Who or what is the the subject of this poem?
In "Sonnet 29," Shakespeare is contrasting the world and all its troubles with the happiness and stability he obtains from his lover. In the speaker's everyday professional life, he is subjected to numerous setbacks and indignities. Life just seems so terribly hard and unfair at times. And when life starts to get the speaker down, as it so often does, he often wishes he were someone else, someone with much greater luck:
And look upon myself and curse my fate,Wishing me like to one more rich in hope,Featured like him, like him with friends possessed,Desiring this man’s art and that man’s scope . . .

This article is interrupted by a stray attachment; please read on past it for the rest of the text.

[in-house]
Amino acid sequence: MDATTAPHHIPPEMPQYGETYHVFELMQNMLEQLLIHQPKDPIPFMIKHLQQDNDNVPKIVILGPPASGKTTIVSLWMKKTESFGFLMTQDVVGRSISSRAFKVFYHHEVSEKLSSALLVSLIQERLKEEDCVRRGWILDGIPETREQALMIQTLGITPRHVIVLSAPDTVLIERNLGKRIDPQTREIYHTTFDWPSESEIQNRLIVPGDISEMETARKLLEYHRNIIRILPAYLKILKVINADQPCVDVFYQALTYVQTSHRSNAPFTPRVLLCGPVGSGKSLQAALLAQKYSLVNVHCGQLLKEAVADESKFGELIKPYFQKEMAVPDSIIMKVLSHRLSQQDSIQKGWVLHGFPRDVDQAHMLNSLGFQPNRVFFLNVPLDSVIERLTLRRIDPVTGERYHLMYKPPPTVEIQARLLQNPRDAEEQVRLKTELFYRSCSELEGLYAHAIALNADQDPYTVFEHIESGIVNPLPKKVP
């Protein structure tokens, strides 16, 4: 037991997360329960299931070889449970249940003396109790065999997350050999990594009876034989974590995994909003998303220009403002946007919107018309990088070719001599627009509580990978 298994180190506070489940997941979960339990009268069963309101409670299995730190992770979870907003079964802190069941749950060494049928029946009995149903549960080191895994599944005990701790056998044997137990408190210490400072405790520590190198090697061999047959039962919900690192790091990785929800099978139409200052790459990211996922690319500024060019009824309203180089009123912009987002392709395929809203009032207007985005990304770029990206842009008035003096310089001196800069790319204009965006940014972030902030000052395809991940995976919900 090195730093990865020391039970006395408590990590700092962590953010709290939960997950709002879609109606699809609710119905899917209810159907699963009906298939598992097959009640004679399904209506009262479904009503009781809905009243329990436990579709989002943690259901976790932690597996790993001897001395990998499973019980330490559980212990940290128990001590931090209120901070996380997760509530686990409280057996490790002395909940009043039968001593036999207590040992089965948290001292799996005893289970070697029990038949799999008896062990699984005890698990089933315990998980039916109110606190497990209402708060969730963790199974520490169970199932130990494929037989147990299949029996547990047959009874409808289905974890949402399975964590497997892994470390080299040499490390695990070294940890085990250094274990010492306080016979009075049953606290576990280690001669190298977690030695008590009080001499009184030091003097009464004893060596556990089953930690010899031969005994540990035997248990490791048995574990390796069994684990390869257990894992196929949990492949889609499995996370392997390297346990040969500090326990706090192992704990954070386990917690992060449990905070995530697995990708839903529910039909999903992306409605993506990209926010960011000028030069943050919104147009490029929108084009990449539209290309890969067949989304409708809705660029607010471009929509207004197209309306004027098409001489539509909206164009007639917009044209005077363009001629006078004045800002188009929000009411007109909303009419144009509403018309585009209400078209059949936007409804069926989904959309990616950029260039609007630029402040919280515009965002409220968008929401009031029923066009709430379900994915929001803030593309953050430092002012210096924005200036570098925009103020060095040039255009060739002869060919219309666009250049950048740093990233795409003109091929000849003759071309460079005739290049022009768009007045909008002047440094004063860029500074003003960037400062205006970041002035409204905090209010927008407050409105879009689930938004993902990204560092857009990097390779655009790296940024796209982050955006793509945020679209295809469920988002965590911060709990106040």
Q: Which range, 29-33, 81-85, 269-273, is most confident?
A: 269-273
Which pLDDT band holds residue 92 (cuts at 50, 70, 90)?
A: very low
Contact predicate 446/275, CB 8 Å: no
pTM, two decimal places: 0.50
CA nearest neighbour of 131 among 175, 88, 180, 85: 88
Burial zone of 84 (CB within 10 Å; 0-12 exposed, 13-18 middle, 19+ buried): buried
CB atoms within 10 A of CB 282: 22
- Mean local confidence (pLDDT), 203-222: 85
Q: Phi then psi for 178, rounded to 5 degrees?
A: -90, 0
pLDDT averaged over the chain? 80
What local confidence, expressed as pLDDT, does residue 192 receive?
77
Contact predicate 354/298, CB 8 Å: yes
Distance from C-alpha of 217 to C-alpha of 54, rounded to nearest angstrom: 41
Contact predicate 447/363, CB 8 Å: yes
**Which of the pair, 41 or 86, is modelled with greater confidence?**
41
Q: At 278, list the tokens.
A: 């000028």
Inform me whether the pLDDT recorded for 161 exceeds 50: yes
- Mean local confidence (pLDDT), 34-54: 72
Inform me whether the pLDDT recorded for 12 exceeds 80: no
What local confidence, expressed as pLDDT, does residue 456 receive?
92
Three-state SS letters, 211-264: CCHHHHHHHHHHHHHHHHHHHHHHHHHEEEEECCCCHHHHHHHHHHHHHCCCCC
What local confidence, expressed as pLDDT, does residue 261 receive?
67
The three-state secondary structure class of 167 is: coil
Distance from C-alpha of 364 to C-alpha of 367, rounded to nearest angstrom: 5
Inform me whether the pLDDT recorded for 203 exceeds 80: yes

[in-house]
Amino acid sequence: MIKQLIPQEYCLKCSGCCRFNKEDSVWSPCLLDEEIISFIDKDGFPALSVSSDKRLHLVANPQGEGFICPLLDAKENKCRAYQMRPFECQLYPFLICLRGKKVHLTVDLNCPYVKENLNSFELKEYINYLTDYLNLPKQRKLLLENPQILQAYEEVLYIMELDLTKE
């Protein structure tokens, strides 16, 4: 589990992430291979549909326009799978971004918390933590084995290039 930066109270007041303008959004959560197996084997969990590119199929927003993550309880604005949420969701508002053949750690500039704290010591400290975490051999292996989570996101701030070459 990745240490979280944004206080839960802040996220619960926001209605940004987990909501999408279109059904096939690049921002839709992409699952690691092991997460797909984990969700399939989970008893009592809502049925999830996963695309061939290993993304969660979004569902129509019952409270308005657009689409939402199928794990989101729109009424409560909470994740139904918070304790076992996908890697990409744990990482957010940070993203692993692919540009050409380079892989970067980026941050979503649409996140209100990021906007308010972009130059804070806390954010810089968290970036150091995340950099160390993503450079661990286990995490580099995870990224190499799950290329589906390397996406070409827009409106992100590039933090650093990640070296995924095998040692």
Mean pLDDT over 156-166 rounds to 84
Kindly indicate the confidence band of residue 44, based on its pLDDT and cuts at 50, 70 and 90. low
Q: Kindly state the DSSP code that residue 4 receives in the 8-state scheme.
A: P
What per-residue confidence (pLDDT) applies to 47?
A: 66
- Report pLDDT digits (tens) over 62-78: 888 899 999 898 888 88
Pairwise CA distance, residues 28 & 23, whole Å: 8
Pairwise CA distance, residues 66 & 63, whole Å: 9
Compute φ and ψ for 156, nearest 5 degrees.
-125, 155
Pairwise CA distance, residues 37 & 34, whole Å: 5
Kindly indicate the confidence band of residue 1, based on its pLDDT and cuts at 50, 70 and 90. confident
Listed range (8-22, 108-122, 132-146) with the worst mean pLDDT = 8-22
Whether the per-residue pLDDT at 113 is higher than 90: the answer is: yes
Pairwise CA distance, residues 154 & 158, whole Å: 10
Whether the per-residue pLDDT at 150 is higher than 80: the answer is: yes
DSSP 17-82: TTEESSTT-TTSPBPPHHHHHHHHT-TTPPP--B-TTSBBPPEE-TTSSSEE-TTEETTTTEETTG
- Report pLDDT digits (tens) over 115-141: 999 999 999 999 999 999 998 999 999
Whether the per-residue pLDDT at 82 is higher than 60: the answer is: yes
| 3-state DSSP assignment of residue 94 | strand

Haply I think on thee, and then my state,(Like to the lark at break of day arisingFrom sullen earth) sings hymns at heaven’s gate;For thy sweet love remembered such wealth bringsThat then I scorn to change my state with kings.
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